Something bugging your hormones?

Did you ever think that your low thyroid, plummeting libido, insulin resistance and estrogen dominance could be related to an overgrowth of “gut bugs”?¬†It might seem like a stretch, but let’s follow the train back to the station.

Hormone Trouble Means Blood Sugar Instability

Hormones, of course, aren’t limited to testosterone and estrogen. You have hormones to stimulate or curb appetite, rev up or slow down metabolism, spark or curtail growth, ignite or dampen stress, and even wake you up or put you to sleep. Many of these hormones are fat-soluble. But even those that aren’t still need essential fatty acids for their construction. So a low-fat diet means trouble for hormones. The truth is that in almost every instance of hormone imbalance, the body is burning sugars not fats. Let me put that another way: if your hormones are bonkers, so are your blood sugars! When there’s a deficiency of essential fatty acids, there’s usually a surplus of sugars.

Blood Sugar Imbalance Can Indicate High Cortisol Levels

Sure, you could be eating too many carbs (dietary cause), or not digesting and absorbing the natural fats that you do eat (physiological cause). But in today’s world, there’s often a chemical cause of high blood sugars: stress! That’s right, your stress¬† hormone, cortisol, raises blood sugars! It was designed that way to give you the energy to fight or flee in an emergency. So, chances are that if your hormones are cock-eyed, you also have a fair amount of stress in your life driving blood sugars up on a consistent basis.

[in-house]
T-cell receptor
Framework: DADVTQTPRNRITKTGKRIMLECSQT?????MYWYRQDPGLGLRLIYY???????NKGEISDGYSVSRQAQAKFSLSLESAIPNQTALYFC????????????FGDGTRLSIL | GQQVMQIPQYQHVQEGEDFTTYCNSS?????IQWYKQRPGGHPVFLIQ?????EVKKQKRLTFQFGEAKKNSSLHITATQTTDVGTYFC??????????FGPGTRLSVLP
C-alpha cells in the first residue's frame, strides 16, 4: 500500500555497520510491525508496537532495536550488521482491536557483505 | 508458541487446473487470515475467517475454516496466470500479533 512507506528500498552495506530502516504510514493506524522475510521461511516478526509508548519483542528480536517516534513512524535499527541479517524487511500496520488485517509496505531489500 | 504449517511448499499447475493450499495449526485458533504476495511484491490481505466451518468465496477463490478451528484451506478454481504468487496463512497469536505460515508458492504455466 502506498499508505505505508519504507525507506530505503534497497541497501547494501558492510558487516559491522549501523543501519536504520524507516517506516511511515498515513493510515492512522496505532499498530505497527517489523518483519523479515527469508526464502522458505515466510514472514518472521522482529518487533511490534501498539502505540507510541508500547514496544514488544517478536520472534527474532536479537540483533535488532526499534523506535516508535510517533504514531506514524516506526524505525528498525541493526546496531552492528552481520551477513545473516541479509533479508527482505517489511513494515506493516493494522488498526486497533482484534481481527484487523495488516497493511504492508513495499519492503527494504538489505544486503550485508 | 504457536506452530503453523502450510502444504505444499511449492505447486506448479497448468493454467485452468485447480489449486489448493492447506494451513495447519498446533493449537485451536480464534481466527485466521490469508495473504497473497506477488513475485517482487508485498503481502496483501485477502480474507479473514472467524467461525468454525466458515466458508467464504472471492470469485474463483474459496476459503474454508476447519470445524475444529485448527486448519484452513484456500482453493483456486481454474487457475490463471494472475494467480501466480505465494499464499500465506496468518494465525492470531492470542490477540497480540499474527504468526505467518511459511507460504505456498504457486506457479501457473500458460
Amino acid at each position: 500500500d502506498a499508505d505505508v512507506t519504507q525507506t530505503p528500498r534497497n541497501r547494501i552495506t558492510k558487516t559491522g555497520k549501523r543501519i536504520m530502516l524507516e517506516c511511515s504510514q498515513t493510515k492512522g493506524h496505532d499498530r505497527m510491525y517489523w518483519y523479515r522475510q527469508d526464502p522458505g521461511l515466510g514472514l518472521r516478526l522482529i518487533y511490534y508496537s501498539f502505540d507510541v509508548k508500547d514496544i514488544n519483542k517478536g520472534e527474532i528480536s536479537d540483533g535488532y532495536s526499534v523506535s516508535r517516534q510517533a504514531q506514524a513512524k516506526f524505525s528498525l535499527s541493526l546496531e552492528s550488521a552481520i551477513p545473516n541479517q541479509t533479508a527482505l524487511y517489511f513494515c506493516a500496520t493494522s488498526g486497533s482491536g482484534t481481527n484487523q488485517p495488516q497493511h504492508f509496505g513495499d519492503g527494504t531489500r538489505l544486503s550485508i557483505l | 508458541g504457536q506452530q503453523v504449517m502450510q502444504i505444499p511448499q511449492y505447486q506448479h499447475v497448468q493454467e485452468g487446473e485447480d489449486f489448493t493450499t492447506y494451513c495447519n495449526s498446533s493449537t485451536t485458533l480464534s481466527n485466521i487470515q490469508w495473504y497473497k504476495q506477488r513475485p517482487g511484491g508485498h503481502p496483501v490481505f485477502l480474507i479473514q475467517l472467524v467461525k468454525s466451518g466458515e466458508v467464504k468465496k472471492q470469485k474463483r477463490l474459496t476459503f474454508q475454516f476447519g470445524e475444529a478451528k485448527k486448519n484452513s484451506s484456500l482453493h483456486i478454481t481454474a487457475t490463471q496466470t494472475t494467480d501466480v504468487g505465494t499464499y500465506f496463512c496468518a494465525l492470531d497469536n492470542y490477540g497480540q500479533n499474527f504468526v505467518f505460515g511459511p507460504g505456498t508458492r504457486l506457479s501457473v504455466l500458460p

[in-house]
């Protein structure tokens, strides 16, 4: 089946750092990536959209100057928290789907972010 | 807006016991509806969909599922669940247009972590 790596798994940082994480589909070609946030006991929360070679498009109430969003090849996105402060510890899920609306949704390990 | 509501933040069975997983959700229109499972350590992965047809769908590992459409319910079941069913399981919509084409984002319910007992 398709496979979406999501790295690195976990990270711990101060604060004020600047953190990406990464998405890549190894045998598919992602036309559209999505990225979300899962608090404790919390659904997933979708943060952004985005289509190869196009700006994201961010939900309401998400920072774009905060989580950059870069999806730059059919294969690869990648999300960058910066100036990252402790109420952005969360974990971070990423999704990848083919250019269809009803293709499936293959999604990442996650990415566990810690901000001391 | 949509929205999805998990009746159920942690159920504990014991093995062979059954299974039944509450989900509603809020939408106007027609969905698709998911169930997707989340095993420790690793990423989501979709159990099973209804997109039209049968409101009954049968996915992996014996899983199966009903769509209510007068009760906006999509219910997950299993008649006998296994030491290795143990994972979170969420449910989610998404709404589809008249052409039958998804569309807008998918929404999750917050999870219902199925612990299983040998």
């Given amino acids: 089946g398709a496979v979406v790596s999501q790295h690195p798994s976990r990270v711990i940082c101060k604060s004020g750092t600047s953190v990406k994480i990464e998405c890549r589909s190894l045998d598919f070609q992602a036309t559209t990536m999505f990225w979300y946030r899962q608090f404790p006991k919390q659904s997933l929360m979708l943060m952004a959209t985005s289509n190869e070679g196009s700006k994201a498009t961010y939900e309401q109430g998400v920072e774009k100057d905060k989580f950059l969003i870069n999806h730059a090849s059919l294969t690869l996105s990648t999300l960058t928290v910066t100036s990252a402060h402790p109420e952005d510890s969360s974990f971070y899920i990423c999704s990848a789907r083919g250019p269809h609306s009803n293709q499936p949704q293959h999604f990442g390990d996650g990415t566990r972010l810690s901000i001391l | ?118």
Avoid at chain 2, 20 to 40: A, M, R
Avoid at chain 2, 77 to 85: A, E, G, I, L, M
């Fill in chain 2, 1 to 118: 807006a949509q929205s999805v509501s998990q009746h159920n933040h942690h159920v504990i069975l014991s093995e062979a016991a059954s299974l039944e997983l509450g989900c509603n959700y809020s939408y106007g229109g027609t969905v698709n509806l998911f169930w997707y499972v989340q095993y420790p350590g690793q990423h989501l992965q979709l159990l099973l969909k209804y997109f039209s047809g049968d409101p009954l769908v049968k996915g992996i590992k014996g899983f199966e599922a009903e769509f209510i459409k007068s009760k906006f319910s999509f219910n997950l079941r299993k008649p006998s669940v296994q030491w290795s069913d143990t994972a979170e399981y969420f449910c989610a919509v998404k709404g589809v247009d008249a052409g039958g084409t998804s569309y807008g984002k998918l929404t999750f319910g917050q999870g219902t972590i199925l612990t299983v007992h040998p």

Not All Stress is Emotional

In the world of nutritional therapy, anything that throws your body out of kilter is a stress because it requires energy to re-establish equilibrium, or homeostasis – meaning stability of the body. Very common triggers in your gut for increased physiological stress and cortisol output are:

  • food sensitivities.
  • toxins.
  • an overgrowth of yeast, bacteria, or parasites, or in other words, gut bugs.

Because the American diet is low on pre-biotic and probiotic foods, and because most of us have had several rounds of anti-biotics that kill beneficial microbes as well as the disease organism they’re targeting, and because we have so many emotional triggers that shut down blood flow and oxygen to the digestive system, it is almost universal to have a gut full of opportunistic pathogens, draining your energy and causing your body to respond in alarm as it tries to maintain homeostasis.

Treat the Cause

Suppose you have leptin resistance, meaning your cells don’t respond to the hormone to eat less and burn more. You could try to address the leptin sensitivity itself. But as long as your cortisol output is still high, any treatment you adopt is going to be short-lived. And if cortisol is high because your gut bugs are out of control, the only lasting solution is to address the bugs themselves.

It is wise to work with a nutritional therapist, who can follow clues to determine what is contributing to your blood sugar imbalance. A Nutritional Therapy Practitioner can test supplements against your body to find out which ones work and which ones don’t, so you avoid wasting money on treatments that aren’t helpful. Just remember that the hormone issue is really the tip of the iceberg. For true healing, you have to investigate underlying causes.